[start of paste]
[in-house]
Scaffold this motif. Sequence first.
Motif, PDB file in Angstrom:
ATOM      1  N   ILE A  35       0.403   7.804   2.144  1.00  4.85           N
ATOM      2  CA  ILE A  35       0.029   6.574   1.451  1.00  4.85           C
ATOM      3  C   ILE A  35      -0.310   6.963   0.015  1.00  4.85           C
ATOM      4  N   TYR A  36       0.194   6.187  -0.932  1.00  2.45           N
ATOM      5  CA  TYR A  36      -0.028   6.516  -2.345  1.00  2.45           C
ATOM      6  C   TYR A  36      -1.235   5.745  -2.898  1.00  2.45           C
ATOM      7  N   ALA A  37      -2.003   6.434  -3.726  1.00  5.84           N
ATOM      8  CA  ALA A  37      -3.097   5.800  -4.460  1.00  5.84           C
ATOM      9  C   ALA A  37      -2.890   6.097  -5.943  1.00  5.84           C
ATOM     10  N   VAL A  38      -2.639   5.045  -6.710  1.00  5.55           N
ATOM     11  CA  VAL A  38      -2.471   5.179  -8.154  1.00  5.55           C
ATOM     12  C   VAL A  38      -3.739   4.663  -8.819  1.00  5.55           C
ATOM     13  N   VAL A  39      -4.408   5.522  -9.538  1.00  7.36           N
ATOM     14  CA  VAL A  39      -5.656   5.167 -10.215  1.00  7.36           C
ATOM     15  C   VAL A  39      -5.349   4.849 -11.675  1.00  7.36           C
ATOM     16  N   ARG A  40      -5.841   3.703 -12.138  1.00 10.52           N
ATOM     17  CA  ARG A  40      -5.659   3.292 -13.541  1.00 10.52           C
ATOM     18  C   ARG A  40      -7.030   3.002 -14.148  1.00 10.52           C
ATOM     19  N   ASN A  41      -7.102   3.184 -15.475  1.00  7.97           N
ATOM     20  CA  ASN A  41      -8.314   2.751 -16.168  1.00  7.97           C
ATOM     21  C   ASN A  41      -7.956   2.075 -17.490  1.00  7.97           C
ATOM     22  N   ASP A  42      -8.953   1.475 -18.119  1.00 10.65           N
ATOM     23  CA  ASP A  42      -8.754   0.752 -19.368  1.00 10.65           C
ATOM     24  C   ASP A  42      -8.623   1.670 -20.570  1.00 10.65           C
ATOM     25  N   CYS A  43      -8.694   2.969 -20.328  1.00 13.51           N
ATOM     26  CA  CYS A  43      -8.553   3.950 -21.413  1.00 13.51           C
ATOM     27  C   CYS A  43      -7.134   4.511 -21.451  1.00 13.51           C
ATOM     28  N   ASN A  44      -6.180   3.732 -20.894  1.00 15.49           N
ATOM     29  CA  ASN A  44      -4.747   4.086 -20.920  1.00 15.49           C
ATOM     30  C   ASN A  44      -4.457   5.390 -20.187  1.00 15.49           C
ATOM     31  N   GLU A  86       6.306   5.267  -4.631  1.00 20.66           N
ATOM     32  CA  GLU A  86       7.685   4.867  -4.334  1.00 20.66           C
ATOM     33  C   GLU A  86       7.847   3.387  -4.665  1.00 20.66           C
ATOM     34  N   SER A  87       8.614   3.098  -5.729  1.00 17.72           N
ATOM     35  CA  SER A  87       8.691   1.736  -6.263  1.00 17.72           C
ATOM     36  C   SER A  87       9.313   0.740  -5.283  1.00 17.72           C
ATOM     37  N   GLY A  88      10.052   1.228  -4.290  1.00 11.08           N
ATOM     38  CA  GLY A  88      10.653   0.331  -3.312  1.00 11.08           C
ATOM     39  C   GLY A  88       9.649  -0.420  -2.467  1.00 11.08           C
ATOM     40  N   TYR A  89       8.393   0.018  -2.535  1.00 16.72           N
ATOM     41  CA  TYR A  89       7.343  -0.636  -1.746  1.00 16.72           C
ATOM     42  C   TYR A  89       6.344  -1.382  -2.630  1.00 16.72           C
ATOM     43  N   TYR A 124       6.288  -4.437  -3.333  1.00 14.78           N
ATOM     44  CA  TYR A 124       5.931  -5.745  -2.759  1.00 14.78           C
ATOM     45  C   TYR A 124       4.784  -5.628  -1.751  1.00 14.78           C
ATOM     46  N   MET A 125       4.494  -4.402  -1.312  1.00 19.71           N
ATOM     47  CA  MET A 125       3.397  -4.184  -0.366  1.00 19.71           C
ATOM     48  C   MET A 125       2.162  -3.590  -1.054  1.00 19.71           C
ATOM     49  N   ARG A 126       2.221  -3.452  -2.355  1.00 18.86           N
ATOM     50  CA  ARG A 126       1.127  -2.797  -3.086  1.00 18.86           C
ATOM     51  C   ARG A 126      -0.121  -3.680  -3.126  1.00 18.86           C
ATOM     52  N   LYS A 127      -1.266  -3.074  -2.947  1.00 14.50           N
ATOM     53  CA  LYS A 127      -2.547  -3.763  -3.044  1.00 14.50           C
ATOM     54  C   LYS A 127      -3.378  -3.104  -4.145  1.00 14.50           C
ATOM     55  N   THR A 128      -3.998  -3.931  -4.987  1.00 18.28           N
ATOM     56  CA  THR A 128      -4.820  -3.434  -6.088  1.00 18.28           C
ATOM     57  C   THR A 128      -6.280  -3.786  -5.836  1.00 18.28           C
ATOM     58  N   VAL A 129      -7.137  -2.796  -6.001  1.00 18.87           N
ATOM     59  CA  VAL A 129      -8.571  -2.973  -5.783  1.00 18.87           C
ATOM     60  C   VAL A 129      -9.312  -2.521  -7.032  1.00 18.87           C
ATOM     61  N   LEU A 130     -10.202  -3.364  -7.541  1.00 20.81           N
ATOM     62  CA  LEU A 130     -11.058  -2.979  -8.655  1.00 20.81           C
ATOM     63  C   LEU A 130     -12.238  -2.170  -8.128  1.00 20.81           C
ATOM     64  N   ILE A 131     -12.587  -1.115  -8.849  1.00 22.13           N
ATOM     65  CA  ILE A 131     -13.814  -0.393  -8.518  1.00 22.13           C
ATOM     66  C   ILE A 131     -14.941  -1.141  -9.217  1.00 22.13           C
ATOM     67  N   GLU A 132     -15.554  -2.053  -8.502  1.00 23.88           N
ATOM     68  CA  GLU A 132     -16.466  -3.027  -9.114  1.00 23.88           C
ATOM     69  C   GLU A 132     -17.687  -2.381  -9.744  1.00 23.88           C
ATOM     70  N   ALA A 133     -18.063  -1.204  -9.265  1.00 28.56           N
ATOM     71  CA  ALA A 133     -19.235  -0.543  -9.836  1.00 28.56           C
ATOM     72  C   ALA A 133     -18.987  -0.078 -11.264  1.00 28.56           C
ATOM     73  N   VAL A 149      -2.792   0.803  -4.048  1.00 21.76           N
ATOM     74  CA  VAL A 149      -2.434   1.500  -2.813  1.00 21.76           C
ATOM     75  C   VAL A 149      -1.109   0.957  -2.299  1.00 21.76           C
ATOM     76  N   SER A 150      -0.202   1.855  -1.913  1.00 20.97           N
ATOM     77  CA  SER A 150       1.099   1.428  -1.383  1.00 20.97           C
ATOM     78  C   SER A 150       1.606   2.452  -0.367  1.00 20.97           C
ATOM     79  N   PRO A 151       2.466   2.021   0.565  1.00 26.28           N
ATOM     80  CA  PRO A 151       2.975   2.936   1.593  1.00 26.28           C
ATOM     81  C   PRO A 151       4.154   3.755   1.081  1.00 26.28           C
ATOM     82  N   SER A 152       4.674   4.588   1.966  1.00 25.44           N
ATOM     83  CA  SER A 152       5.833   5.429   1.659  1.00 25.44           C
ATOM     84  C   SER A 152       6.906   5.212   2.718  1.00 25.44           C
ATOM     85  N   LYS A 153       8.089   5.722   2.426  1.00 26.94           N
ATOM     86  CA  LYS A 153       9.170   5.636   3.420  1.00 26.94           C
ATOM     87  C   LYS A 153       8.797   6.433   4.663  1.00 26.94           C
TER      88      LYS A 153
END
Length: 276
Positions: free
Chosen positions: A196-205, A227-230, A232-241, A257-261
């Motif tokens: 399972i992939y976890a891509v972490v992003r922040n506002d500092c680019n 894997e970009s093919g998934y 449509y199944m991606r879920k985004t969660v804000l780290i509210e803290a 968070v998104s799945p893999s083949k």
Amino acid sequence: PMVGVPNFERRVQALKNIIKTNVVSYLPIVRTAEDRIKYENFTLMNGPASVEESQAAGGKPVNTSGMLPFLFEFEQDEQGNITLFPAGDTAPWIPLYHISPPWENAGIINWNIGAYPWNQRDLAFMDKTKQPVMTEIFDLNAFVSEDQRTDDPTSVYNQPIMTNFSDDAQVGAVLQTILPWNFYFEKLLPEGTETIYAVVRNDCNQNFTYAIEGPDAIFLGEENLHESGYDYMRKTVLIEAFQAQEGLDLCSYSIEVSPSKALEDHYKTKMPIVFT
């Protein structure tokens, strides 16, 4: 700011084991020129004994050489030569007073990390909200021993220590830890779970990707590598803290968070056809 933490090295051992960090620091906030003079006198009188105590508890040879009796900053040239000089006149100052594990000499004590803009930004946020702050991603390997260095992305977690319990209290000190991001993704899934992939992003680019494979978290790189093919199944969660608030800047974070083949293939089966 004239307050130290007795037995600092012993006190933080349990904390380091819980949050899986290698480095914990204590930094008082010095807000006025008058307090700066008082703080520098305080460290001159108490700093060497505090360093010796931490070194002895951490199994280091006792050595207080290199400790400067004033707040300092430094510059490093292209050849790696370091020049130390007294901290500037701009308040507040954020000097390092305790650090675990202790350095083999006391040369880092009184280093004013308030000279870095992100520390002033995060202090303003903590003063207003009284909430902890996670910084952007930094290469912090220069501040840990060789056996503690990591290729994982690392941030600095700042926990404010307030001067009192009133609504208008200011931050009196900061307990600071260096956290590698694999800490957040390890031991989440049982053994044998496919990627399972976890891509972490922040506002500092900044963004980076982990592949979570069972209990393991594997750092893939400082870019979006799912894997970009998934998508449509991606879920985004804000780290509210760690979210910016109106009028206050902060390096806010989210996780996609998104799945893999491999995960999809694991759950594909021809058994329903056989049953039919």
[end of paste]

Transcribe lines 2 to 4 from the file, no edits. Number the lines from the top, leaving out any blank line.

Scaffold this motif. Sequence first.
Motif, PDB file in Angstrom:
ATOM      1  N   ILE A  35       0.403   7.804   2.144  1.00  4.85           N